PLA Plastic – Can this be future sustainable material for footwear???

PLA Plastic – Can this be future sustainable material for footwear???

Polylactic Acid, most commonly known as PLA, is a polymer made from renewable resources. Contrary to other thermoplastics which are petroleum-based, some of the raw materials used for PLA’s production include corn starch, tapioca roots, or sugarcane. Its properties, are comparable to other plastics in the industry. These characteristics and consumers’ desire to use a less impactful material have triggered its rapid entrance to the plastic market as a competitive commodity.

How is It Made? 

PLA is a polyester produced by fermentation under controlled conditions of a carbohydrate source like corn starch or sugarcane. Its building blocks can either be lactic acid or lactide monomers. They will later be polymerized into PLA.

Initially, corn goes through wet milling. Here’s were the starch gets separated. The starch is then mixed with acid or enzymes and heated. This process “breaks” starch into dextrose (D-glucose), or corn sugar. Finally, fermentation of glucose produces L-Lactic acid, which will be the basic constituent of PLA.



What Are the Benefits?

  1. PLA is bio-based and biodegradable. These are the most outstanding properties, especially considering that one does not automatically imply the other. Being bio-based implies that the material is derived from biomass. As for being biodegradable, PLA undergoes a transformation into natural material, such as water, carbon dioxide, and composite. This process is carried out by microorganisms in the environment and is strongly dependent on conditions such as temperature and humidity.
  2. PLA is a thermoplastic, meaning that it can be melted and reshaped without significantly degrading its mechanical properties. Hence, PLA is mechanically recyclable.
  3. It is derived from renewable resources, a sharp contrast to the petroleum-based plastics, which have a finite availability.
  4. (Close to) carbon neutral: its renewable sources actually absorb carbon.
  5. It does not release toxic fumes when oxygenated.
  6. Economic potential: bioplastics offer a growing market, with opportunities for job creation and development of rural areas European-bioplastics, estimates that by 2030 up to 300,000 highly skilled jobs will be created in the European bio-market, more than 10 times its current numbers.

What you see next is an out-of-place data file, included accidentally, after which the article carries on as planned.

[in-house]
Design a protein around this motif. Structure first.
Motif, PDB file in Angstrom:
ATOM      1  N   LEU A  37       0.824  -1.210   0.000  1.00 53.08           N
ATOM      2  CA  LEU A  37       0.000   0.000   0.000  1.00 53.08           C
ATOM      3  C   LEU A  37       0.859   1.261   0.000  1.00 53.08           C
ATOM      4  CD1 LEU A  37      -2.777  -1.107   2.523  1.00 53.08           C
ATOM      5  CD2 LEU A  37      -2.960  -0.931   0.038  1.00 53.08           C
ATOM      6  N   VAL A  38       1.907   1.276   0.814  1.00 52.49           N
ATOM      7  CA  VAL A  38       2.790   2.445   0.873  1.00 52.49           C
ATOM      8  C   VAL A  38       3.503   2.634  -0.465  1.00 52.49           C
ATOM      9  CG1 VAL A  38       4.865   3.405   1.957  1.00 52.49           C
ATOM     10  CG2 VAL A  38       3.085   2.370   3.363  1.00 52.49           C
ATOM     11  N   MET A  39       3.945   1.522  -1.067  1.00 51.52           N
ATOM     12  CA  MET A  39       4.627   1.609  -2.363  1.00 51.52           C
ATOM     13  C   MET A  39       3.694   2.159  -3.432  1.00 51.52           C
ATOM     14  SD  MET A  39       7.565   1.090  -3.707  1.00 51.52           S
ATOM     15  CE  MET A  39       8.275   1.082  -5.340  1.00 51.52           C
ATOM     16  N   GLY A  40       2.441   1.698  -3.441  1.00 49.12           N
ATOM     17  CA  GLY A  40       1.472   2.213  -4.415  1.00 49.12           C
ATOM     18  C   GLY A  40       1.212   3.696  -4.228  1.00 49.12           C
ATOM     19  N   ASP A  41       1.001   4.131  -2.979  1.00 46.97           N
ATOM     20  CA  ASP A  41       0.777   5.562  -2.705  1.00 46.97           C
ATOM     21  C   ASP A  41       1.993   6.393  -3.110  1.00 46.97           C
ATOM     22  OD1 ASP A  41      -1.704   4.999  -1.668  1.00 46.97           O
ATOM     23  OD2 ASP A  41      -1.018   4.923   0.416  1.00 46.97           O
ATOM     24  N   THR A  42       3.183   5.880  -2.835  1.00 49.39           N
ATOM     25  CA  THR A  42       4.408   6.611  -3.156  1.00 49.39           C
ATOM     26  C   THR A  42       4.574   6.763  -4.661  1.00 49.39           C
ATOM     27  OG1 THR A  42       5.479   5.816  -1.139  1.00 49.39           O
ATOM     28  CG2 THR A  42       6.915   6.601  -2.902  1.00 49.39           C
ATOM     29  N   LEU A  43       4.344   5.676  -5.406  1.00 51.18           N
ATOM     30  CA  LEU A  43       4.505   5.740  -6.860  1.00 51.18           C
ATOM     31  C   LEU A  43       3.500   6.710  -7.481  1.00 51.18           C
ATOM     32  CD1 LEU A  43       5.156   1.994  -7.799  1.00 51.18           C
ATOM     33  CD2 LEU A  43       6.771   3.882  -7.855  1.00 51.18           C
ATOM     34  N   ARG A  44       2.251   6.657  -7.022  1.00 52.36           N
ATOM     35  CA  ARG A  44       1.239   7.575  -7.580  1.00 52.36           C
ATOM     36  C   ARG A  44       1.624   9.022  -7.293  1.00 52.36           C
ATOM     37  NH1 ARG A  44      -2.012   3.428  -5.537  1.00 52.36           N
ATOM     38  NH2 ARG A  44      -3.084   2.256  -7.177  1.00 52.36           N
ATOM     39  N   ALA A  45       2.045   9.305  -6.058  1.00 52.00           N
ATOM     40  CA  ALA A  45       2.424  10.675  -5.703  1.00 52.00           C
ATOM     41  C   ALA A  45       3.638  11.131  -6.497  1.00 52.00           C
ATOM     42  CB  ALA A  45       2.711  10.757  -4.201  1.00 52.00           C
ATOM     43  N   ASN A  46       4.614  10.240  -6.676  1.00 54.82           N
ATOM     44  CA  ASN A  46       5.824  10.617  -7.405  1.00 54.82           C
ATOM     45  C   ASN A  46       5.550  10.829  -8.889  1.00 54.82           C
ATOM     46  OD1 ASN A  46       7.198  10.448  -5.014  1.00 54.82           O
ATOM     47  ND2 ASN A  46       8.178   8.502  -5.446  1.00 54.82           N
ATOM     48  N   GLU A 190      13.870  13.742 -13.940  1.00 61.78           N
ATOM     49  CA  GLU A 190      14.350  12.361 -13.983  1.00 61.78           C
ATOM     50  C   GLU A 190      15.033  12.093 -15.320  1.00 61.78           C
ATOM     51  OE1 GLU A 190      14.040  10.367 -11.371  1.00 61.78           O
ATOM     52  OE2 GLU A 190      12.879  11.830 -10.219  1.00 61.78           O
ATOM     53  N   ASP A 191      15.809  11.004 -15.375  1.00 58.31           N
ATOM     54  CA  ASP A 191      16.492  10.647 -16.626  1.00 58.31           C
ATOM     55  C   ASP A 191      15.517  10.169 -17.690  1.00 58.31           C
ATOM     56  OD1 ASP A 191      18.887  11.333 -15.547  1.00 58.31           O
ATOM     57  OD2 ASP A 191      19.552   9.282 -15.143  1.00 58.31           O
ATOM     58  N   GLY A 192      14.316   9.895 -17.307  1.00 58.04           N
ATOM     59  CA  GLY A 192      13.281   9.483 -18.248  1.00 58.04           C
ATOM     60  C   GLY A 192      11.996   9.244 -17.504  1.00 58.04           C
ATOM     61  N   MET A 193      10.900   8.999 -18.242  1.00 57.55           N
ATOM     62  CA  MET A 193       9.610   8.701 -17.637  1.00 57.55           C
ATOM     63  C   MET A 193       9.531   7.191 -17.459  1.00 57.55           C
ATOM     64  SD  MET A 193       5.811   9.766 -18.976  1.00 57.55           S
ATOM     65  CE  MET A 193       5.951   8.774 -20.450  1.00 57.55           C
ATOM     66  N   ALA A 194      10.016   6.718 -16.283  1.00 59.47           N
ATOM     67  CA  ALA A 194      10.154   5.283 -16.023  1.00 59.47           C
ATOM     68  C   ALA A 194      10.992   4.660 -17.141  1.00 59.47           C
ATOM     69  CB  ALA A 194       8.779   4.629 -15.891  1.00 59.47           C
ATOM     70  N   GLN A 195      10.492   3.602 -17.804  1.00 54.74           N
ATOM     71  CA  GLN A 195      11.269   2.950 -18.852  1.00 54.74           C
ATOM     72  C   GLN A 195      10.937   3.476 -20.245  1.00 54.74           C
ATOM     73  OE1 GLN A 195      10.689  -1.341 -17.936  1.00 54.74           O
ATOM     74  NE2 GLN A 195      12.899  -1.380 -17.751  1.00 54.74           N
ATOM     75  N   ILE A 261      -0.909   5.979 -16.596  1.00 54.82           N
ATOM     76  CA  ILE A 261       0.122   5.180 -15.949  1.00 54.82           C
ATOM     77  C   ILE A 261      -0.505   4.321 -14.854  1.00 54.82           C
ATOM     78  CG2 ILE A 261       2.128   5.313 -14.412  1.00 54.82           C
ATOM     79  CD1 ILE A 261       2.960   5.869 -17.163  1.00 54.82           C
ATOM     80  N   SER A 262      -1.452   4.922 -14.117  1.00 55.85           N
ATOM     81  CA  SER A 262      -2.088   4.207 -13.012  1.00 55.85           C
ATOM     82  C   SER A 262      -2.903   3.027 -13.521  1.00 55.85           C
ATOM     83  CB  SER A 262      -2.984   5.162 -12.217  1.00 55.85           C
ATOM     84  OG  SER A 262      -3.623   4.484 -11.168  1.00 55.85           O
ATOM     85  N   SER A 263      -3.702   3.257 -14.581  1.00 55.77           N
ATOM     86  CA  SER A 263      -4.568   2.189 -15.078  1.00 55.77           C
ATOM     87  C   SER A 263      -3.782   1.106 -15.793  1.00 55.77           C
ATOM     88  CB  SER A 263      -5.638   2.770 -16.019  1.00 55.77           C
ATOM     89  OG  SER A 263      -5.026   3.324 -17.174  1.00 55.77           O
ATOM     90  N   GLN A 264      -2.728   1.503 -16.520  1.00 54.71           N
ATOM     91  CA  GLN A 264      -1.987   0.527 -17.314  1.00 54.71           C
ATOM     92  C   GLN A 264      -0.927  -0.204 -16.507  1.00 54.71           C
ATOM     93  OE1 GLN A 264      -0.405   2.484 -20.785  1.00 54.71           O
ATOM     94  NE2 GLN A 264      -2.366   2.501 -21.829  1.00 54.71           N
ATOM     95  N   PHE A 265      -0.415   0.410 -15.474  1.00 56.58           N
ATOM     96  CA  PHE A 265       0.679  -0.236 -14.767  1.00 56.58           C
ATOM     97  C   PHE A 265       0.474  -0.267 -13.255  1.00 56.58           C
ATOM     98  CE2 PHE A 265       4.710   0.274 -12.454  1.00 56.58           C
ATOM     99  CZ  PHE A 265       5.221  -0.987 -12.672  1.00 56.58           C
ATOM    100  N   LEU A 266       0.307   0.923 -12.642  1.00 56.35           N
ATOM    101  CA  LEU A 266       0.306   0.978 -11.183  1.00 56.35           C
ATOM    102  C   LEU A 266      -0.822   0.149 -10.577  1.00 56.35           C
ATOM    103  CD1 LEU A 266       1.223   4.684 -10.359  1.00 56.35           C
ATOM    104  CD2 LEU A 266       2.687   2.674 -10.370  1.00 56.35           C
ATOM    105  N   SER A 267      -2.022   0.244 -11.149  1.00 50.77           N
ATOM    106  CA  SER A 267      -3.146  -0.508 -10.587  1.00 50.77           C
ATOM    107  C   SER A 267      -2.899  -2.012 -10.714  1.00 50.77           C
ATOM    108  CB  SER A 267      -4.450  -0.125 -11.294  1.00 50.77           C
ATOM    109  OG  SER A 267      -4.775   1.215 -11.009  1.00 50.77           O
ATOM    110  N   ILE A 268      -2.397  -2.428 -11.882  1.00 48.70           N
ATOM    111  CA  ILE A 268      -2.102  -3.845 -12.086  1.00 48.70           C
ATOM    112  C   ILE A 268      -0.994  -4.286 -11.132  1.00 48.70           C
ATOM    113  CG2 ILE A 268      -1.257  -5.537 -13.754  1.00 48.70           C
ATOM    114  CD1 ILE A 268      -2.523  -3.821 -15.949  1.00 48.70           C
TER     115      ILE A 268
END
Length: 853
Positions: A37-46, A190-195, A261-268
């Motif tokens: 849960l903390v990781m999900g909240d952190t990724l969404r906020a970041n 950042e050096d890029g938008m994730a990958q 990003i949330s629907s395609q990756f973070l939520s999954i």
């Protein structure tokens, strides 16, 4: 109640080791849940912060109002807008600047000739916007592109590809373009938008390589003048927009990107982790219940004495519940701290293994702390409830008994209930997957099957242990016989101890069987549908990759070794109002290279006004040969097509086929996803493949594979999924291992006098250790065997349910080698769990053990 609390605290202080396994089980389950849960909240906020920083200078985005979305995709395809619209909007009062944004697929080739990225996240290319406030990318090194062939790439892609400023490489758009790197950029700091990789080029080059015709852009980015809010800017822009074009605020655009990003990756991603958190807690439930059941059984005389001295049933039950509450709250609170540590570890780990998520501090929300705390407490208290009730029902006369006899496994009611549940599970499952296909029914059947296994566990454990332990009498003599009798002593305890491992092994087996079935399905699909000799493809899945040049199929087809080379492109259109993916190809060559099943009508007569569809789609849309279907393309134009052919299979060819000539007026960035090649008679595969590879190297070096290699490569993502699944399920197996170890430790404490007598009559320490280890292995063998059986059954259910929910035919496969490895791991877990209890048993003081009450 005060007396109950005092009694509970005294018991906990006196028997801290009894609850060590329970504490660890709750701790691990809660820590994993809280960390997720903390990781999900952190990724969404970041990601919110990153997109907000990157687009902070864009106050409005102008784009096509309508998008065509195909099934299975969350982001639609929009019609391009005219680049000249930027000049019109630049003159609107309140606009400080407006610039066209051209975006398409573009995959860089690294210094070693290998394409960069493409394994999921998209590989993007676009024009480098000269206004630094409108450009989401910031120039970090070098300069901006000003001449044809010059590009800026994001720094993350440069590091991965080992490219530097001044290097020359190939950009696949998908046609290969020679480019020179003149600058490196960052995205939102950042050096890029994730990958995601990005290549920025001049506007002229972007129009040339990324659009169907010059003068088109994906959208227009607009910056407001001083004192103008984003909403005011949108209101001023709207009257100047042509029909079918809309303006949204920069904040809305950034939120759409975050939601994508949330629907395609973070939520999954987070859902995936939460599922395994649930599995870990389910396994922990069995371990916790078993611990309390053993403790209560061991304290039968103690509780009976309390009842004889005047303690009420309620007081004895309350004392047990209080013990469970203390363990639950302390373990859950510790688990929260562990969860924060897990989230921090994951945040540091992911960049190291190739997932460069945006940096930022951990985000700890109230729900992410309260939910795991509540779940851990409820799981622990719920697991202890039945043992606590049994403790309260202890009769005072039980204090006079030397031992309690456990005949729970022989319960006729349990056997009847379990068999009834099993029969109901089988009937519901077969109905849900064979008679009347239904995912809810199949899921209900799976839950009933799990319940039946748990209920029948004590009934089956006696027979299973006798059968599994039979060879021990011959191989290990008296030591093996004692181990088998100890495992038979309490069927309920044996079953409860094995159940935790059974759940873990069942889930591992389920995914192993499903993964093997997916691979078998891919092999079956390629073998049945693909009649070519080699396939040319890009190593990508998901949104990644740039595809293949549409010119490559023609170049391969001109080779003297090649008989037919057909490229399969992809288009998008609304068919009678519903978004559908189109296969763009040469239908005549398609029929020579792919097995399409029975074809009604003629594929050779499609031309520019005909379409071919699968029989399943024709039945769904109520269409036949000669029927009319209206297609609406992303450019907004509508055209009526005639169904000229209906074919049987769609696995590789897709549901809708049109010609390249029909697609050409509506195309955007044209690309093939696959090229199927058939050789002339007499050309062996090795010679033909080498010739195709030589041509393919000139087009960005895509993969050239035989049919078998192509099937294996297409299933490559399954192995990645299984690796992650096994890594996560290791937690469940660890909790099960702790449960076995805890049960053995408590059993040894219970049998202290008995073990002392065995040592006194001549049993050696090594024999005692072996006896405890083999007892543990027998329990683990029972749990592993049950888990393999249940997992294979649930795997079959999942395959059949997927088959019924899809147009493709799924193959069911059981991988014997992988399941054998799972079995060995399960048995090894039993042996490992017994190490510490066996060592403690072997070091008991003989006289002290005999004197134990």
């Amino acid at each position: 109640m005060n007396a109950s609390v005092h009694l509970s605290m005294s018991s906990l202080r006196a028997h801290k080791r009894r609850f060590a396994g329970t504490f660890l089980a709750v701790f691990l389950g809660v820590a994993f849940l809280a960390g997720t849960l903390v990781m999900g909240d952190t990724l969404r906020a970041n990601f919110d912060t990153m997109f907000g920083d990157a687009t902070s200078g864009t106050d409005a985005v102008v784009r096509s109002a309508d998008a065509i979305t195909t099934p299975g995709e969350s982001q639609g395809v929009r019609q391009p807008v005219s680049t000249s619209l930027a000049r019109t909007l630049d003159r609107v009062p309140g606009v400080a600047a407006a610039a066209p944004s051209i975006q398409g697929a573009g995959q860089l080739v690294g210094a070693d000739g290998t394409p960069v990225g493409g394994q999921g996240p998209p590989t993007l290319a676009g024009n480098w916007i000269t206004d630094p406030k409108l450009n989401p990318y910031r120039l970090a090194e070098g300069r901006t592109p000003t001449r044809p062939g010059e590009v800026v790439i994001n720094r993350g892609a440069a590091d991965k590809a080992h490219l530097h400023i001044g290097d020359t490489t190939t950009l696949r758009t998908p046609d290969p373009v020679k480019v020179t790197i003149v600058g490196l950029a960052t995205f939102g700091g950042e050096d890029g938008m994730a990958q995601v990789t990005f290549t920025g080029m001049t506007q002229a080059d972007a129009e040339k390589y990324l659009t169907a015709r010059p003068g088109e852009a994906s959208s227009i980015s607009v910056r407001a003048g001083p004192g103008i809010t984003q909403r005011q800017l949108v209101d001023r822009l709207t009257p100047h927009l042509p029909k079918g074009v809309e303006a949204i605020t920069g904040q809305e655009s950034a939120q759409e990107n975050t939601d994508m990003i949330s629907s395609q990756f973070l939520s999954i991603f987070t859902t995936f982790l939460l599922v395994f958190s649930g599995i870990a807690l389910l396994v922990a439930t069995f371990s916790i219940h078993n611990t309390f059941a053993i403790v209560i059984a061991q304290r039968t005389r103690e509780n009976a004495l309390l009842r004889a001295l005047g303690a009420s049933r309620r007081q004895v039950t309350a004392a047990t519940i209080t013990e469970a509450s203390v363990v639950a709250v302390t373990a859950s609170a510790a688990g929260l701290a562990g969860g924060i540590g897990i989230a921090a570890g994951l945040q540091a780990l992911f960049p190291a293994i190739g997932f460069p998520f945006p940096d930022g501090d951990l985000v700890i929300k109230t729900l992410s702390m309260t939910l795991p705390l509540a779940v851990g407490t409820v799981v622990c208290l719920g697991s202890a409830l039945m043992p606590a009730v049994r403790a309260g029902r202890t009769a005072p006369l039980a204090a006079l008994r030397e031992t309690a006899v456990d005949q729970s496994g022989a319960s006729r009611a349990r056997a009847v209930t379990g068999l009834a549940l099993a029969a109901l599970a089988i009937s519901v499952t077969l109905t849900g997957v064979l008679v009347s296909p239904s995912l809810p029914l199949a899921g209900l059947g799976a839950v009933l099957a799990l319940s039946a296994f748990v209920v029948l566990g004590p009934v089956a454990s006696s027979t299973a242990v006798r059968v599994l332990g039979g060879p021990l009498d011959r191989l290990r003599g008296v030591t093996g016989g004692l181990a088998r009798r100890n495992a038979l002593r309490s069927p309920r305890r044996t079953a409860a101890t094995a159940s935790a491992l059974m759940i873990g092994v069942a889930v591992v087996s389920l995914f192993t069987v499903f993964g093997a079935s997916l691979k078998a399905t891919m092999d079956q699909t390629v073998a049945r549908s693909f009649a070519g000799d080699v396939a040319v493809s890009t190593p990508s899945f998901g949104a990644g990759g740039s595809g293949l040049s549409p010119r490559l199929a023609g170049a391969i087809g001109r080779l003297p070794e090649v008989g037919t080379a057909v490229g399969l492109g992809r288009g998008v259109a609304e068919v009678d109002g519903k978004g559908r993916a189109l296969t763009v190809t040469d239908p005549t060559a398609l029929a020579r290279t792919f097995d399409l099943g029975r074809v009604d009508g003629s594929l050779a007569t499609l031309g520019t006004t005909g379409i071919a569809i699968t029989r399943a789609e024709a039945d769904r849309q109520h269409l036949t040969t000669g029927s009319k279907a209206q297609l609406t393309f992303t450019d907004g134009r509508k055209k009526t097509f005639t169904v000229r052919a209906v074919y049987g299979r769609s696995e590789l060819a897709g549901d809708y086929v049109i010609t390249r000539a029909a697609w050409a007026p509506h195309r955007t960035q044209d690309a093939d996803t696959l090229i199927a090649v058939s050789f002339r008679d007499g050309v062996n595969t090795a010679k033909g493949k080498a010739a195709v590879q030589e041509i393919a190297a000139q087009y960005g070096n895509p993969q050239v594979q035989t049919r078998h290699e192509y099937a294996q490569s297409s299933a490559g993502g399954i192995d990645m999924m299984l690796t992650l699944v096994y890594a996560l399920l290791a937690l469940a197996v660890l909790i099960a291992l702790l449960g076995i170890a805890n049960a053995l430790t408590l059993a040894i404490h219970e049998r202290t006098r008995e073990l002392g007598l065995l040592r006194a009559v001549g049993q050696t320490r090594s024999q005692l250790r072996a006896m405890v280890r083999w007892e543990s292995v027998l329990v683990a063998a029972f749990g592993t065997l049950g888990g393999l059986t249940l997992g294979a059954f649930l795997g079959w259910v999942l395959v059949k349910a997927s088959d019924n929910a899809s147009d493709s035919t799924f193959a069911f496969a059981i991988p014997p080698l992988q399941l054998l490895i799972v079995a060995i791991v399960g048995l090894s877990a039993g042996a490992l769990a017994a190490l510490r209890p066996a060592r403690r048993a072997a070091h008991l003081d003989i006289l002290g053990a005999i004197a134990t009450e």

7. PLA plastic is recognized as safe by the United States Food and Drug Administration. Additionally, it is safe for all food packaging applications.

What Are the Drawbacks?

  1. Slow decomposition outside of a controlled environment. Even though PLA plastic is biodegradable, it will only be decomposed within three months when having specific and controlled composting conditions, i.e. when commercial compost facilities are available. On a landfill, were a large part of it will end, it can take somewhere between 100 to 1000 years to decompose.
  2. There’s an underlying moral issue with its production. The world’s rising population raises the concern of whether it’s ethical to spend entire crops of corn, for example, in the production of bioplastics, rather than feeding the population in need.
  3. It heavily relies on the use of transgenic crops. An entire discussion can be created around this topic. But just to mention a few, the rise in monoculture, along with the largely voiced concerns of lack of long-term testing, is a major drawback in the public sphere.
  4. Mixing it with traditional plastics can contaminate the recycling process. Being chemically different from plastics marked #1 to #6, PLA marked #7 should be properly separated before the recycling process begins.
  5. PLA plastic will behave in a brittle way unless blending it with less environmentally friendly polymers.
  6. When compared to petroleum-based plastics, bioplastics such as PLA are deficient in their strength and crystallinity.


Rheological Properties : PLA is a pseudoplastic, non-Newtonian fluid. This means that its viscosity  will change depending on the stress that it is subjected to. Specifically, PLA is a shear-thinning material, which means that the viscosity decreases with applied stress.

Mechanical Properties : PLA plastic has good mechanical properties compared to traditional polymers like polypropylene, polystyrene, and polyurethane. Especially when it comes to Young’s modulus (the ability to tolerate elongation under tension or compression), tensile strength (force needed to pull something), and flexural strength (stress needed to start plastic deformation).

Thermal properties : Even though its thermal properties depend on its molecular weights, PLA can be classified as a semi-crystalline polymer. Its glass transition temperature at ~55°C and melting temperature at ~180°C are comparatively low, for example when thinking of other thermoplastics such as ABS. And, just like oil-based plastics, PLA can burn. Precautions should be taken.